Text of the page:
What is unknown is how any of the parties, ruling now or in the future, may use such powers that they receive through this legislation. The former communists, for example, might use it in a far more aggressive way than either of the two main parties. “If is it applied, we’re afraid that this law will prevent other deals being completed,” says Cornett. “But there is an irrational fear that sovereign wealth funds or others will come in and acquire pieces of German identity, culture or entrepreneurship.” Cornett argues that it is too late to worry about such things. “When
For some, the move is a nakedly political act, designed to appease disgruntled German voters who take a dim view of German assets falling into any kind of foreign hands. “If politicians can use the law, then they will use it for reasons of popularity,” says Thorsten Polleit, an economist at
In Munich, meanwhile, Peter Hammermann at
Hammermann agrees that some kind of protection for German interests may be worthwhile. “When you have state-owned funds transferring technology and know-how to other countries – such as all the Asian people at the Frankfurt Motor Show with cameras, trying to copy things – government regulations should cover these areas, to avoid unacceptable technology transfer.”
He argues that the German Government is fully aware of the benefits that private equity investment can bring. “They don’t want to make our lives so unattractive that we go elsewhere.”
Certain countries have very specific investment strategies, Hammermann believes, which the German Government is possibly right to want to scrutinise. The German auto parts industry, for example, could become the target for investors. He can imagine the Government wanting to retain a proportion of the industry rather than allow it to be sold entirely overseas. Yet Hammermann nevertheless takes issue with the vague wording of the proposed act. “I would rather it were about concrete issues rather than a widespread oversight of deals.”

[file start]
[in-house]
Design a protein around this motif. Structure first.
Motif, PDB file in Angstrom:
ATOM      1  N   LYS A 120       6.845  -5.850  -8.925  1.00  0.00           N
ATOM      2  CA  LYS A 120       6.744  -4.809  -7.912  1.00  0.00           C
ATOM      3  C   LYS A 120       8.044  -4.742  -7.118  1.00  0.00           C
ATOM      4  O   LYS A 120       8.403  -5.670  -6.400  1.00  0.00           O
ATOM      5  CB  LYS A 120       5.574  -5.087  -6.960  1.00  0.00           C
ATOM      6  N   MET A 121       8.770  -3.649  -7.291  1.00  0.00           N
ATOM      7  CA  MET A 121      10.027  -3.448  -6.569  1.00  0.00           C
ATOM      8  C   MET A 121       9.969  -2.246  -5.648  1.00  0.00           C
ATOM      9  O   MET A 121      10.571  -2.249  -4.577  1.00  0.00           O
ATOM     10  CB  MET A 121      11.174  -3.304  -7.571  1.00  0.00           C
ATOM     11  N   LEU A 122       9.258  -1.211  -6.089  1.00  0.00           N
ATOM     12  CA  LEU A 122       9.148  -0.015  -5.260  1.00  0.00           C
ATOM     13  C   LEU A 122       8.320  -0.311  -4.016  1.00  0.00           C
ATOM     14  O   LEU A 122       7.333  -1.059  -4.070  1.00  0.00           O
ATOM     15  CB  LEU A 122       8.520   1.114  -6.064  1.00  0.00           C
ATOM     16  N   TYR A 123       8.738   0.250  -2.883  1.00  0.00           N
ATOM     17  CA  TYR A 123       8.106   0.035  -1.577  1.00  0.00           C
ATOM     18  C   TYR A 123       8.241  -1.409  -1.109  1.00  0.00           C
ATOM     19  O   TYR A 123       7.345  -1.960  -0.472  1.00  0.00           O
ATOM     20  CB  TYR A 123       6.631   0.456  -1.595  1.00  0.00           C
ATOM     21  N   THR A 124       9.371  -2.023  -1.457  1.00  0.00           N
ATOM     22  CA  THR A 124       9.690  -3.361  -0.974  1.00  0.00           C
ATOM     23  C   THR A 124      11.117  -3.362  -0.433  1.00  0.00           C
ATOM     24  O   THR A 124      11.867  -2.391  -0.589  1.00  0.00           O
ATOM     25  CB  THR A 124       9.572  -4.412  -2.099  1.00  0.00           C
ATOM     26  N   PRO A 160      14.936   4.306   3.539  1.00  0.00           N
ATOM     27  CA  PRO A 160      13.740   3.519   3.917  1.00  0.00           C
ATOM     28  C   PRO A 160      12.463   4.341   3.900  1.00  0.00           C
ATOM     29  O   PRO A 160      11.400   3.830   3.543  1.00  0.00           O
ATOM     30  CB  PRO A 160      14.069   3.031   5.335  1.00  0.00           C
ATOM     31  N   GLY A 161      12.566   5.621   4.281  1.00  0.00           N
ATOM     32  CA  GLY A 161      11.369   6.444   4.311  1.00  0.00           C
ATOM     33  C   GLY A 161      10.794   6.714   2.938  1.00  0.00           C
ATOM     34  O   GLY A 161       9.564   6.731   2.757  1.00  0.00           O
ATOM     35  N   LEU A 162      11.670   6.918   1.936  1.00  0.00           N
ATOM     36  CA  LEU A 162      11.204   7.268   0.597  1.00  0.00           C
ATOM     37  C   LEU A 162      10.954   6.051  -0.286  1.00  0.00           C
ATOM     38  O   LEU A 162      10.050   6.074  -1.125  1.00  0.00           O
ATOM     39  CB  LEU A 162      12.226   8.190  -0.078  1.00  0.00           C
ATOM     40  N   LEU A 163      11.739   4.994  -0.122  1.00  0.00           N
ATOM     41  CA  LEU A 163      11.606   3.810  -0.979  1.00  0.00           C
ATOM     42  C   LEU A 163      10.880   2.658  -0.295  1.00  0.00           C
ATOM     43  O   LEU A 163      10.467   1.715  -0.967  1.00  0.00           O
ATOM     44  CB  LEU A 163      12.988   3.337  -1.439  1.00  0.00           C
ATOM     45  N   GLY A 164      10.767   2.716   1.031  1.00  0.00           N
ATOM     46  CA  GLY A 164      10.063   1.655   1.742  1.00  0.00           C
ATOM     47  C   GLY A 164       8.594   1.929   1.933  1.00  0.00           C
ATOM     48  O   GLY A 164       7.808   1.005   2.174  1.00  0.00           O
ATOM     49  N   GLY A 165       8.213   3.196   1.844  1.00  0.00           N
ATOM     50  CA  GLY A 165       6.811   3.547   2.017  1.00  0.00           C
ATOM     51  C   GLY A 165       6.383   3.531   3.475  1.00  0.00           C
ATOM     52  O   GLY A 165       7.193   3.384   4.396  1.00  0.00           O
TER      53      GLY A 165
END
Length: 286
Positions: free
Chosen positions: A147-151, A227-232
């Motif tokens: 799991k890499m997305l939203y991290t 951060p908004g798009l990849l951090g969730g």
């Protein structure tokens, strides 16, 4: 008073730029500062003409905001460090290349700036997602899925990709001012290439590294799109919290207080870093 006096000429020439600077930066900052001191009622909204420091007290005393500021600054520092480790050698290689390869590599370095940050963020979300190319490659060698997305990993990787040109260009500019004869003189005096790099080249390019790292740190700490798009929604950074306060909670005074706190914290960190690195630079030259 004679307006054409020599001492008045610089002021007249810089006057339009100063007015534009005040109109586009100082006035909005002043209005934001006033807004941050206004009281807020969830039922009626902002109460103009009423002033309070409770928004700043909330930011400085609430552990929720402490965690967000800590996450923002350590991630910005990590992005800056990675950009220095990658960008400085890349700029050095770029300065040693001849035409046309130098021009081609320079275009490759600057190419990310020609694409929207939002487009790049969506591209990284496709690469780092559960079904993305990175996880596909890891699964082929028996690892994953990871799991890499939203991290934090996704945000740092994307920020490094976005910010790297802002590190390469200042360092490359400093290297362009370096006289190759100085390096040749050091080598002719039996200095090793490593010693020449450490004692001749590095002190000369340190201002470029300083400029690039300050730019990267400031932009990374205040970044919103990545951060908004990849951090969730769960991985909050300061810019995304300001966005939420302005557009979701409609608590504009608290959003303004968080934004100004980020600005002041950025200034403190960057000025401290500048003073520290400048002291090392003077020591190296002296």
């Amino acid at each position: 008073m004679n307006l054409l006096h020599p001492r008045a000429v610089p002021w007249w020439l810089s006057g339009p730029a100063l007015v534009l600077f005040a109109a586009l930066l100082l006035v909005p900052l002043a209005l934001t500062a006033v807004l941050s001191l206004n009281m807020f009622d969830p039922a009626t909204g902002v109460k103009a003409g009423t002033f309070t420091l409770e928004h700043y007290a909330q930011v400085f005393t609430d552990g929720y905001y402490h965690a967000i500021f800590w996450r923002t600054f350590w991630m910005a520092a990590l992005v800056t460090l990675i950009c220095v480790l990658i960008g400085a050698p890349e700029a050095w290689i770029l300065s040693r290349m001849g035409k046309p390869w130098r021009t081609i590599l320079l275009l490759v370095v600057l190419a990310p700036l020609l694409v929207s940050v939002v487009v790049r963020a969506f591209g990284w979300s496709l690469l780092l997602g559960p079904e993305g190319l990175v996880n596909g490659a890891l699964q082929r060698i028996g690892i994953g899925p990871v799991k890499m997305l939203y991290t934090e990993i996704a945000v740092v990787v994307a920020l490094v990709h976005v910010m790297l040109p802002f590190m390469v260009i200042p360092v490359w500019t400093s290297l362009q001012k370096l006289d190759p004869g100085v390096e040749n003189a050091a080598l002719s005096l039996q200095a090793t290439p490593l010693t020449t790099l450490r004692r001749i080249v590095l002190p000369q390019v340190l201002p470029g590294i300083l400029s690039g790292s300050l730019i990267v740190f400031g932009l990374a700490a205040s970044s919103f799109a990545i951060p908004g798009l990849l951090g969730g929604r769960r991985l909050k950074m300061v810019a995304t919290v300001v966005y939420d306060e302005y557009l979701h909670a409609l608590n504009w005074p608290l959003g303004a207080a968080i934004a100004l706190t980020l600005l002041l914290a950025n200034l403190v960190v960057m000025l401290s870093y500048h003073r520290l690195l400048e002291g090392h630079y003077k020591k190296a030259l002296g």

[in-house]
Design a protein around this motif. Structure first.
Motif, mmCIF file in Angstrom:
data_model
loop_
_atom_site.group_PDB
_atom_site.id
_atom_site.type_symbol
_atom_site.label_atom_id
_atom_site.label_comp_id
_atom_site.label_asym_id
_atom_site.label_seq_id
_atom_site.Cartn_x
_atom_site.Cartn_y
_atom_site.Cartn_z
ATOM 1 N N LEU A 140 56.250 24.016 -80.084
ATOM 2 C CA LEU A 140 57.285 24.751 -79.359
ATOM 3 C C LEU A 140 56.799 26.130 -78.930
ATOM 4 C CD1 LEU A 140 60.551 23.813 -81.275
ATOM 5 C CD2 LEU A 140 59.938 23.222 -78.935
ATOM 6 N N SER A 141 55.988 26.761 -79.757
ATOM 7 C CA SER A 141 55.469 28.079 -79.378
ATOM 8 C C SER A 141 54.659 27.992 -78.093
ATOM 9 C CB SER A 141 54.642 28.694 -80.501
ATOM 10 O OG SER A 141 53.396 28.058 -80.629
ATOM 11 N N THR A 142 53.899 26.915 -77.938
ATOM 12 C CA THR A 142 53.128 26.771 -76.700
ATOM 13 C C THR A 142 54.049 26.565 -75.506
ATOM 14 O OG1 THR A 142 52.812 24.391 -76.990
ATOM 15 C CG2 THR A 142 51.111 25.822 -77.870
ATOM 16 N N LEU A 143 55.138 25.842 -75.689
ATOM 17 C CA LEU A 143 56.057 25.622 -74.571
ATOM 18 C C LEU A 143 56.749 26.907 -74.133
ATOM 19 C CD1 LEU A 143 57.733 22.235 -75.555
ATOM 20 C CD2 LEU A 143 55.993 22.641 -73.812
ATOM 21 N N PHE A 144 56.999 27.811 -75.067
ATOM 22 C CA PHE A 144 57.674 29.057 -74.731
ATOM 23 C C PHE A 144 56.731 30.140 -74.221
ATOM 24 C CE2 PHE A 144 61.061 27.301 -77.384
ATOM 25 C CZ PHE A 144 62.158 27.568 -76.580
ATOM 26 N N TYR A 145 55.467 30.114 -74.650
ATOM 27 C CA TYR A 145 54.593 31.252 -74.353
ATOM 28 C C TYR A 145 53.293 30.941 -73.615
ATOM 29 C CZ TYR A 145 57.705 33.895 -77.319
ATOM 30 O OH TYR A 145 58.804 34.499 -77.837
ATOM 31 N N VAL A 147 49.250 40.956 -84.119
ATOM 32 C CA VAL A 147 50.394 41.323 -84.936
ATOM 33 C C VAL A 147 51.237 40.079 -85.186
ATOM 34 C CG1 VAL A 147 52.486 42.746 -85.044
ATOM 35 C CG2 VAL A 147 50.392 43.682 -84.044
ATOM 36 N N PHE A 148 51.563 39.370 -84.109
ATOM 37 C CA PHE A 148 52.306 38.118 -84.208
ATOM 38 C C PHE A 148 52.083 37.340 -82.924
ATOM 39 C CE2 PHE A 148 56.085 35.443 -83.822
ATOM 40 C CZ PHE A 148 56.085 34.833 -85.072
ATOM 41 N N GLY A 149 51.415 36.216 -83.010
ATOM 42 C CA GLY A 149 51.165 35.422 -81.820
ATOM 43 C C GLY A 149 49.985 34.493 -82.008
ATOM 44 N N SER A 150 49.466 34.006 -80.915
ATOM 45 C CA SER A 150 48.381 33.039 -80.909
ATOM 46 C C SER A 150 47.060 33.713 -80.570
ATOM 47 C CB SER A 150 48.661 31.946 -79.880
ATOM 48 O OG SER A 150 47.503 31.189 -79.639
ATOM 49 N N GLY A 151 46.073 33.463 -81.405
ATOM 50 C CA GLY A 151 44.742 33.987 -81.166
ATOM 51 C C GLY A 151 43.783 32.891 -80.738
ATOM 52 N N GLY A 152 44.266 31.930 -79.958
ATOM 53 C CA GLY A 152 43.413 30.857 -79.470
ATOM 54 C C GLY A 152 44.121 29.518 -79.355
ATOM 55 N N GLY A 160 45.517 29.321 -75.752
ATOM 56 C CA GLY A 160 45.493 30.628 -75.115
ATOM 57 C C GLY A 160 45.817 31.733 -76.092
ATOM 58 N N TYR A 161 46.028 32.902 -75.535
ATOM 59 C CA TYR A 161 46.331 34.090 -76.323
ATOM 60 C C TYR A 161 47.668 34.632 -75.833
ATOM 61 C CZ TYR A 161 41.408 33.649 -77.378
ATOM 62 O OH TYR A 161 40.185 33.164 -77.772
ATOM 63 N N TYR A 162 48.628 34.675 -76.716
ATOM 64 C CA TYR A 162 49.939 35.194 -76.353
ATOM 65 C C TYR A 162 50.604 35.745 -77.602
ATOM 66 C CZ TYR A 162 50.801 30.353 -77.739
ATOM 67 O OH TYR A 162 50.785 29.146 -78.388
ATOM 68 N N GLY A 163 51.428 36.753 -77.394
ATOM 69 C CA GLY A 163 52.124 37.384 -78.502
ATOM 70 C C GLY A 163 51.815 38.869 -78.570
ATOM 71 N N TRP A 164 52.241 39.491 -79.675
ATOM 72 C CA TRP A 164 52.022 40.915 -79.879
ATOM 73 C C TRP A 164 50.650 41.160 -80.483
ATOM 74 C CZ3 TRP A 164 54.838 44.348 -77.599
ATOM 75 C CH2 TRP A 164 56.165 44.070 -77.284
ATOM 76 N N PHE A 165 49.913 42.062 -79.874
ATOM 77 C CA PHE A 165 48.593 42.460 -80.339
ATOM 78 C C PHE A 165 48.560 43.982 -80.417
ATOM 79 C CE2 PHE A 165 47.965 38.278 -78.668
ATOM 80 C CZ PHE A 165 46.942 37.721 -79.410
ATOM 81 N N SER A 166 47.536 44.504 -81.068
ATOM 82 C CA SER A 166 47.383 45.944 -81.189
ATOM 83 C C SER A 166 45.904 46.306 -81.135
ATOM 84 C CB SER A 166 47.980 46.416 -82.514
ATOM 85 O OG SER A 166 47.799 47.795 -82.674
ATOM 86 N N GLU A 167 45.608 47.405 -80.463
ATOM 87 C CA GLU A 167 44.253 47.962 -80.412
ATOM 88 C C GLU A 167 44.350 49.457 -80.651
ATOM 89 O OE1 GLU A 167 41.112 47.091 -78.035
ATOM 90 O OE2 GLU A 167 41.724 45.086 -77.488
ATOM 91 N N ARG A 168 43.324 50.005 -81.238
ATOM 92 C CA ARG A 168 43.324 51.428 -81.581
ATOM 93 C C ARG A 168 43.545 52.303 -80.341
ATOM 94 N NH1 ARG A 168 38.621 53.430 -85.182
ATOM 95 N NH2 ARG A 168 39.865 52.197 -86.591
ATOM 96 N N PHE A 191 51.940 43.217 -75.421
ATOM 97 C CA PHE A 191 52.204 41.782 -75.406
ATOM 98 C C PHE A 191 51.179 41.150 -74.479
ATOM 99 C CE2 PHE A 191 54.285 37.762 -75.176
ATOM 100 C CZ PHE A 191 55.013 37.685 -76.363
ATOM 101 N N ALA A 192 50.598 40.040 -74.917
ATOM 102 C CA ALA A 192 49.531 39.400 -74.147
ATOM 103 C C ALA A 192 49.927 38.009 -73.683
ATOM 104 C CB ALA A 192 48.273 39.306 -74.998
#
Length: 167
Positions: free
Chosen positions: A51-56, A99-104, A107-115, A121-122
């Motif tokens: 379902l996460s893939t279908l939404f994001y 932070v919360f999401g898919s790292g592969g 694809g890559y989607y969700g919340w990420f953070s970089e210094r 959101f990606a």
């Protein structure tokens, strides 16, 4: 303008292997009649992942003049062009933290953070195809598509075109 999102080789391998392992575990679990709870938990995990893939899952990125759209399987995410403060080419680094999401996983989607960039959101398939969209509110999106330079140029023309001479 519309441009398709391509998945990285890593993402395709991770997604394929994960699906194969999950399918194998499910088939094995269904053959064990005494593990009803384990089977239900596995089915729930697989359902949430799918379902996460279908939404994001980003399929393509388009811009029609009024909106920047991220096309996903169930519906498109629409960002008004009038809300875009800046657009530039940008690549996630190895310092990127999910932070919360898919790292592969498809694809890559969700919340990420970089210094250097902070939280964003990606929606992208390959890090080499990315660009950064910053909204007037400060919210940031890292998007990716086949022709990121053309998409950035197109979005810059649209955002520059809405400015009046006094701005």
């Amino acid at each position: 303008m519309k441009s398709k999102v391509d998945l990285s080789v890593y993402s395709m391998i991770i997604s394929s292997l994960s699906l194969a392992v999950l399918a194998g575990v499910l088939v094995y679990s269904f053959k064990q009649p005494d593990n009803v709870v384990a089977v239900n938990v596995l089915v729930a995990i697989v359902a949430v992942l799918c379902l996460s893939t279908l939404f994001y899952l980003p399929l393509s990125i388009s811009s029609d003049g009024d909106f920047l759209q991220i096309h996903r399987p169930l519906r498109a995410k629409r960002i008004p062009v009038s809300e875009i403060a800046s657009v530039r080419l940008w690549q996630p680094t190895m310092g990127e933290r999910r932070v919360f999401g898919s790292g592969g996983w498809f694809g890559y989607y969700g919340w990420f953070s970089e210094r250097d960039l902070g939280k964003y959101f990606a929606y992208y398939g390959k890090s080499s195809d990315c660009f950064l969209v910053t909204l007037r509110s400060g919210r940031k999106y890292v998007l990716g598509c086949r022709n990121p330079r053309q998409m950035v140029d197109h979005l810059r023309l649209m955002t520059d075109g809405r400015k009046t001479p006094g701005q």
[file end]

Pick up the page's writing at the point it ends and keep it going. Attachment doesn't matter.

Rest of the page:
Simon Witney at SJ Berwin in London can understand the reluctance of the German authorities to allow ‘strategic’ assets such as the electricity system to be taken into foreign hands, even though this has already partially happened in the UK and elsewhere. “There are legitimate concerns about having assets in the hands of foreign governments,” says Witney. “But I think states can deal with these concerns in other ways, by restricting what an investor can do with an asset.”
The debate has parallels with the wider issue of the credit crunch and sub-prime losses, stemming as these did from a lack of transparency in how assets changed hands and who had exposure to what level of debt. If, for example, a foreign investor acquired the German electricity system and then sold it on to another party, which then went bankrupt, Germany would be in danger of losing its electricity supply overnight. Achtung!
“The main concerns are about losing control over things which should be in State control, or at least in German hands,” says Kerstin Kopp, partner in private equity at
Kopp agrees that private equity has to become more transparent, to talk more to politicians and works councils, just as has begun to happen in the UK (“It has floated over from the UK to Germany,” she says), but she believes the principal target of the legislation is the sovereign wealth funds.
The question of international trade and foreign investment has been in constant flux in Germany over the past few years, as the nation has attempted to liberalise its laws, attract foreign investment and maintain its role as a manufacturing base against the blandishments of Eastern Europe and the Far East. In several ways, life for foreign investors has become easier rather than harder, according to Kerstin Kopp at Clifford Chance. “There are changes under way to make it easier to register companies, making it less costly and so on,” she says. The legal framework or corporate ownership has been restructured, to disentangle the mutual shareholdings in each other that characterised German corporations up to the 2000s. This has realised hidden value and prompted acquisitions that would not have been possible in the 1990s.
But after episodes such as the Nokia decampment from Bochum, the Government has decided to re-regulate and to tighten up the system a little. Nobody expects the regulatory environment to return to its previous condition, but we are seeing an adjustment, as part of a response to public disquiet.
From a global perspective, it would certainly be odd for Germany to make such a unilateral and aggressive move, at a time when China and India are liberalising their economies, when the French and German-owned European Aeronautic Defence and Space Company (EADS) has just won a US$35bn contract to supply the US military with tanker planes and when the sovereign wealth funds are in discussion with the International Monetary Fund to become more transparent. Let’s hope it is just electioneering bluster and not the distant thunder of war.